–1. Import your object
–2. Switch to the UV room
(optional) clear seams and start from scratch if its something that's not been UV'ed before or if its something that's been edited too much to keep the seams.
(alt optional) Auto seams is another good place to start. 3DCoat will try to best guess where the seams should be.
(alt 2 optional) Sharp Seams is another auto seams best used for mechanical objects as a starting point.
–3. You can try both and just undo or clear seams at any point.
–4. Clicking on an edge creates a seam. Holding Ctrl while clicking removes a seam
–5. Make sure to cut/add seams to corner edges to help the shape unfold. If you see an area too red or too blue it means there will be a lot of unfolded distortion in that area and you might want to try to cut more seams around it to help the island better unfold.
–6. Completely cutting an area off automatically creates a new UV island, and the interface will update with new color patch for that section.
At this point the UV previewer is showing what will unwrap when you actually unwrap it, but currently its not yet unwrapped.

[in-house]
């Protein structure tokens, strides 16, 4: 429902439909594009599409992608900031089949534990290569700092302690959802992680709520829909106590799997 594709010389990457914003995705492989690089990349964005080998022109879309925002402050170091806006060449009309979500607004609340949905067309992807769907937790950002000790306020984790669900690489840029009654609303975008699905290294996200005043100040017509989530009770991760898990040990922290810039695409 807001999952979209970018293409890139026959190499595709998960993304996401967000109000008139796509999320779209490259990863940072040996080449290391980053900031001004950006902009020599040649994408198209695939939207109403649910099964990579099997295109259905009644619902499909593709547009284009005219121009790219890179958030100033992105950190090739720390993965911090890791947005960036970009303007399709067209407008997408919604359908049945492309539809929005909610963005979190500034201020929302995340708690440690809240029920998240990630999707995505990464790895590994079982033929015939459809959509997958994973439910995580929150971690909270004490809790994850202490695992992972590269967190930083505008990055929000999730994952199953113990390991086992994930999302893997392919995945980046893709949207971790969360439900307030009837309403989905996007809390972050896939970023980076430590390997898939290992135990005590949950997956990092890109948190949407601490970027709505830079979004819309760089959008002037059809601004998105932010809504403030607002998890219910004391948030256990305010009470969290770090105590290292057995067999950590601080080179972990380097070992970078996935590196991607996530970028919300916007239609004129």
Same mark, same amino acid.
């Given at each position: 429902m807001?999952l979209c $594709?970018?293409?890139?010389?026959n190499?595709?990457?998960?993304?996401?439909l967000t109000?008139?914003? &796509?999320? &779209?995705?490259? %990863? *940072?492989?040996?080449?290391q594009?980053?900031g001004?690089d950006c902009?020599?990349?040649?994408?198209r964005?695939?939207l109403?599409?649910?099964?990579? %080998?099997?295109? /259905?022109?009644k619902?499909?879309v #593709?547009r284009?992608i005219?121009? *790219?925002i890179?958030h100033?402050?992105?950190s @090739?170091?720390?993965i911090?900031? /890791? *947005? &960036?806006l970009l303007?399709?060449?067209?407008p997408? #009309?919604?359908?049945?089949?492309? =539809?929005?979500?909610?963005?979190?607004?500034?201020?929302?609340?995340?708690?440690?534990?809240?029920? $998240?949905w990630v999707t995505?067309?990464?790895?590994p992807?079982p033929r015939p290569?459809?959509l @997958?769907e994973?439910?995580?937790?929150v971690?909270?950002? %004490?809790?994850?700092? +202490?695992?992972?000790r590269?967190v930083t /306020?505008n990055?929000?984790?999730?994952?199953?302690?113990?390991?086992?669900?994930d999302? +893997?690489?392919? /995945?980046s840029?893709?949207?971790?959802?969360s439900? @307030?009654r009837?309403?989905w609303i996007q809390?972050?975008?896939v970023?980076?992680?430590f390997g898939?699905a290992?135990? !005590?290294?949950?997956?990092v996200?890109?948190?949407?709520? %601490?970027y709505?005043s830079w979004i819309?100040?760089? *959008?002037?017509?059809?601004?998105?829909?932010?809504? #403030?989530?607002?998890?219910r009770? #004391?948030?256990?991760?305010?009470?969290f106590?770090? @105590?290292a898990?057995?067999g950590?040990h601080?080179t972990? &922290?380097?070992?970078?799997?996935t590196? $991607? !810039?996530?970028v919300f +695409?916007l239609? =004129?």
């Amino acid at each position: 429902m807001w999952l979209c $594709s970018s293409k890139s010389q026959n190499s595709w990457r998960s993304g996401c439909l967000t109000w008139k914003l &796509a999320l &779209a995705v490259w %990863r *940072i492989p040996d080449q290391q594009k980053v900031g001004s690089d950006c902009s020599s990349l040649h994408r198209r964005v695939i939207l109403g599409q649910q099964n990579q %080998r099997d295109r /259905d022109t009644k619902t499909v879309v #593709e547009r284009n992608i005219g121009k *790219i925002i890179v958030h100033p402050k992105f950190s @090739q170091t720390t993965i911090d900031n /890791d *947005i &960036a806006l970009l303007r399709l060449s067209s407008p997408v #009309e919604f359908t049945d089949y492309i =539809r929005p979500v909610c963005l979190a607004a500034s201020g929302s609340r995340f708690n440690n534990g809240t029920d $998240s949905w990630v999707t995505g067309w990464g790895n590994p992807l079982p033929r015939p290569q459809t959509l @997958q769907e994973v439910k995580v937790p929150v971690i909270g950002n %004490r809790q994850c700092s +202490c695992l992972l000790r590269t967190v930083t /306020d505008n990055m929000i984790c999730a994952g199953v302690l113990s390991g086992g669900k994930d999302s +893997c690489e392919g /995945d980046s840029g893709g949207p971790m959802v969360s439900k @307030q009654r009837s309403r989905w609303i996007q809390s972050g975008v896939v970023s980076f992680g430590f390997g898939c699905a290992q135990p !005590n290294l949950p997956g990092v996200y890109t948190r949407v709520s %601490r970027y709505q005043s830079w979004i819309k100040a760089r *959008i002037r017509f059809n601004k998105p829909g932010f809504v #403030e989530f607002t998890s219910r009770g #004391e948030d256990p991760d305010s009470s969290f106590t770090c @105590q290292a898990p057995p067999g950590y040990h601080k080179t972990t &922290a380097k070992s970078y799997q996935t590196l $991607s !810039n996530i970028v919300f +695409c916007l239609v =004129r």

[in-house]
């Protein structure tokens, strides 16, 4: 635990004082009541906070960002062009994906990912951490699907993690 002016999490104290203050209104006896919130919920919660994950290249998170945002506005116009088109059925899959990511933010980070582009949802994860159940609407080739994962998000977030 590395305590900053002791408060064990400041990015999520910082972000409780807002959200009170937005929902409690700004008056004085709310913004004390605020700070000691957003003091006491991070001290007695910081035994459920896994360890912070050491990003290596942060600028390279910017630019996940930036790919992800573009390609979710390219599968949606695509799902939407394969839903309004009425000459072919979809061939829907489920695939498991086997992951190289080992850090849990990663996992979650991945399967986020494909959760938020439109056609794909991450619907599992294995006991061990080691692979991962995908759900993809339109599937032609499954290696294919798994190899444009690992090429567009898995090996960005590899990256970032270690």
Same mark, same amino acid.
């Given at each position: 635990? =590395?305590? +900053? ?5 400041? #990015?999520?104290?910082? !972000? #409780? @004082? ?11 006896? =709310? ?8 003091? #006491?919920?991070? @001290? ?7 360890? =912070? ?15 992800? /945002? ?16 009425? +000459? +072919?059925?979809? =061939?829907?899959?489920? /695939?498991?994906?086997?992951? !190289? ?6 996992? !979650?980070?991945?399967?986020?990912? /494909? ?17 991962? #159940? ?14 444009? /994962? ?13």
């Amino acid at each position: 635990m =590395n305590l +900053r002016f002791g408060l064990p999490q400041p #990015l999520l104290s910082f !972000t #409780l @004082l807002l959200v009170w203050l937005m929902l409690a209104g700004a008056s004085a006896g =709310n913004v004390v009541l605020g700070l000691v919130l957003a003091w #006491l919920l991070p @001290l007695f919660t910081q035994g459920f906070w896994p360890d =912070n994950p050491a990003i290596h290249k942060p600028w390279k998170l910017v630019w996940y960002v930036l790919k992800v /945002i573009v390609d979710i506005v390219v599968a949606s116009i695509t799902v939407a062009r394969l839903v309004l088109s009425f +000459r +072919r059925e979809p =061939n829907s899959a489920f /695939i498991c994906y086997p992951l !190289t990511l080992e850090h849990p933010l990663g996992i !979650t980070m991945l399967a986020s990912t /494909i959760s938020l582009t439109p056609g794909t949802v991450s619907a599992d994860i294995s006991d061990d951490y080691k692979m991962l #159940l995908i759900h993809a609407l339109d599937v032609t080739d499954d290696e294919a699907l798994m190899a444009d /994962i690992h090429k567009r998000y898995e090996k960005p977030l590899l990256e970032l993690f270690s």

–7. Now that we click unwrap we can see how well the unfolding process worked.
–8. (optional) You can rotate and scale the islands a bit to either exaggerate the more important parts (scale them up) and/or to reduce the space between islands.
(optional) Use the brush to smudge areas of the island to finish the unfold.
–9. We now apply the UV's the the mesh. Its important to note that we have been editing the UV layout but we've not yet applied them to the mesh. If we export w/o applying or move back to the paint room now the old UV's will still exist. This is good for trying out different things with your UV set w/o actually changing anything until you are ready.
–10. Move back to the paint room and check your UV's have been updated.

  • general/uv_workspace/uv_workflow.txt
  • Last modified: 2022/05/05 21:27
  • by carlosan